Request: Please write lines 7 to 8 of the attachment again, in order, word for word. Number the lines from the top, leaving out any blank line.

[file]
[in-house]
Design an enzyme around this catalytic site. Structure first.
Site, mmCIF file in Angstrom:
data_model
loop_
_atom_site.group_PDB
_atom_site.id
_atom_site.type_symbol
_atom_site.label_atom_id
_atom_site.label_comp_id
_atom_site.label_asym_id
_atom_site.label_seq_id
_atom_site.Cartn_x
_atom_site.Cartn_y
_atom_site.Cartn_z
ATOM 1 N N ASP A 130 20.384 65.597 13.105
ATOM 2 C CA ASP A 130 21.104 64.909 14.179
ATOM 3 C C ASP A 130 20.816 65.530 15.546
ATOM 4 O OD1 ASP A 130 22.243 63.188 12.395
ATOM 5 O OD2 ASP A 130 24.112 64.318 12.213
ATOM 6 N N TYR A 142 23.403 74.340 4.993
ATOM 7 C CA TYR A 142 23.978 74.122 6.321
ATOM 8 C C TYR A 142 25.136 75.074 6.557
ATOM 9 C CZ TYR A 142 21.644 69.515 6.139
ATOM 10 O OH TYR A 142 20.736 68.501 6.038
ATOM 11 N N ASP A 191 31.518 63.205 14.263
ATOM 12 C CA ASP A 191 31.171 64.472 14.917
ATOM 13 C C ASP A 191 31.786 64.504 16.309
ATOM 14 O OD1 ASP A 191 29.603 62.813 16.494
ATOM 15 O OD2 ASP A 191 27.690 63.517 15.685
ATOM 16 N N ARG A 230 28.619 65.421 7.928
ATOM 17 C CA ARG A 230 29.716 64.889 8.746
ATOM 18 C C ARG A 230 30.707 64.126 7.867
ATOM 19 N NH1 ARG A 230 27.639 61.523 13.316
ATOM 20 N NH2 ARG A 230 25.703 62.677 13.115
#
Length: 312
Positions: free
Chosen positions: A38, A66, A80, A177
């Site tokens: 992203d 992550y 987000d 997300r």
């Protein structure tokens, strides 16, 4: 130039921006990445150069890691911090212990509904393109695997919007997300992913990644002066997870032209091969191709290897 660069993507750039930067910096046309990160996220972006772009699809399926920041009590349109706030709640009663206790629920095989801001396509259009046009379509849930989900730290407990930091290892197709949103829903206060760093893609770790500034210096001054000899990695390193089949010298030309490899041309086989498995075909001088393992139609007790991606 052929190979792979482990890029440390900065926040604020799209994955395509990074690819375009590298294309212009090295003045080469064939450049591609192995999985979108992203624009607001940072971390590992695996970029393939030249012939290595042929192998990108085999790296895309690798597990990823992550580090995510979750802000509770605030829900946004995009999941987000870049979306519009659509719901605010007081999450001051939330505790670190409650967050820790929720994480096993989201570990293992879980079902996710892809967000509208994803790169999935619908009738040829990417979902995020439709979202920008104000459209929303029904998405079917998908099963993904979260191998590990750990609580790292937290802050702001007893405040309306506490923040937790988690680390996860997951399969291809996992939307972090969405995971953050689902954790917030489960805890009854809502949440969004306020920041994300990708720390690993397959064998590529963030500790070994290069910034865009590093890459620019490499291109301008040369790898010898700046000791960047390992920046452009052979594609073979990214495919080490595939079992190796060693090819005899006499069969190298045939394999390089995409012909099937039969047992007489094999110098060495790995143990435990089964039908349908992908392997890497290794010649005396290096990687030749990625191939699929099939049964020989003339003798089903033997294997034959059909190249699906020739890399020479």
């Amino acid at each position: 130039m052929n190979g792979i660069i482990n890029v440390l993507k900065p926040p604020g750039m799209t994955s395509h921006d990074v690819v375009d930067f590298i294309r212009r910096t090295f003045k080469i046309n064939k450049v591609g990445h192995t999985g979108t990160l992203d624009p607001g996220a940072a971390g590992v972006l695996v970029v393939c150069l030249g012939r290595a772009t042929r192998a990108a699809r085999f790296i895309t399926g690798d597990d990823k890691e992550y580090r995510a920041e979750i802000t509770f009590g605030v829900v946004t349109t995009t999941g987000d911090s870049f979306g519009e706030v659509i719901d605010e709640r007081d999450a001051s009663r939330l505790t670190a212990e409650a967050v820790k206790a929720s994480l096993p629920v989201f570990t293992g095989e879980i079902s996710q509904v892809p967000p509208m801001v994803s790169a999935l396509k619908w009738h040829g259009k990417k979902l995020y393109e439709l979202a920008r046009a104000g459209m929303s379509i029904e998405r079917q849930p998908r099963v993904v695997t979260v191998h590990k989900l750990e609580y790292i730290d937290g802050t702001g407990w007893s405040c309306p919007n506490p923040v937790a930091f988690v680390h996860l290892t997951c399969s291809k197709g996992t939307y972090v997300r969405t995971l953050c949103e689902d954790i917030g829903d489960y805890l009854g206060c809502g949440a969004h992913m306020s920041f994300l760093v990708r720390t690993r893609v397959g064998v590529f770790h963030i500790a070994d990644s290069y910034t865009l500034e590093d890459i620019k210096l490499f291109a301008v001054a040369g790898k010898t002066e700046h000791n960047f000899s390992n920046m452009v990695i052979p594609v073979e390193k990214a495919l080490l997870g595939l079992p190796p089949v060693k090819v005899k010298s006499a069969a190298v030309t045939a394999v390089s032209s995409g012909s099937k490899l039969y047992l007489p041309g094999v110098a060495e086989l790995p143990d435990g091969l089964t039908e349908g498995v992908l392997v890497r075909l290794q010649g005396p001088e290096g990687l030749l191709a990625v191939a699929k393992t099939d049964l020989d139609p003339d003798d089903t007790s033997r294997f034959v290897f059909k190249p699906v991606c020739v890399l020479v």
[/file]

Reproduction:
_atom_site.id
_atom_site.type_symbol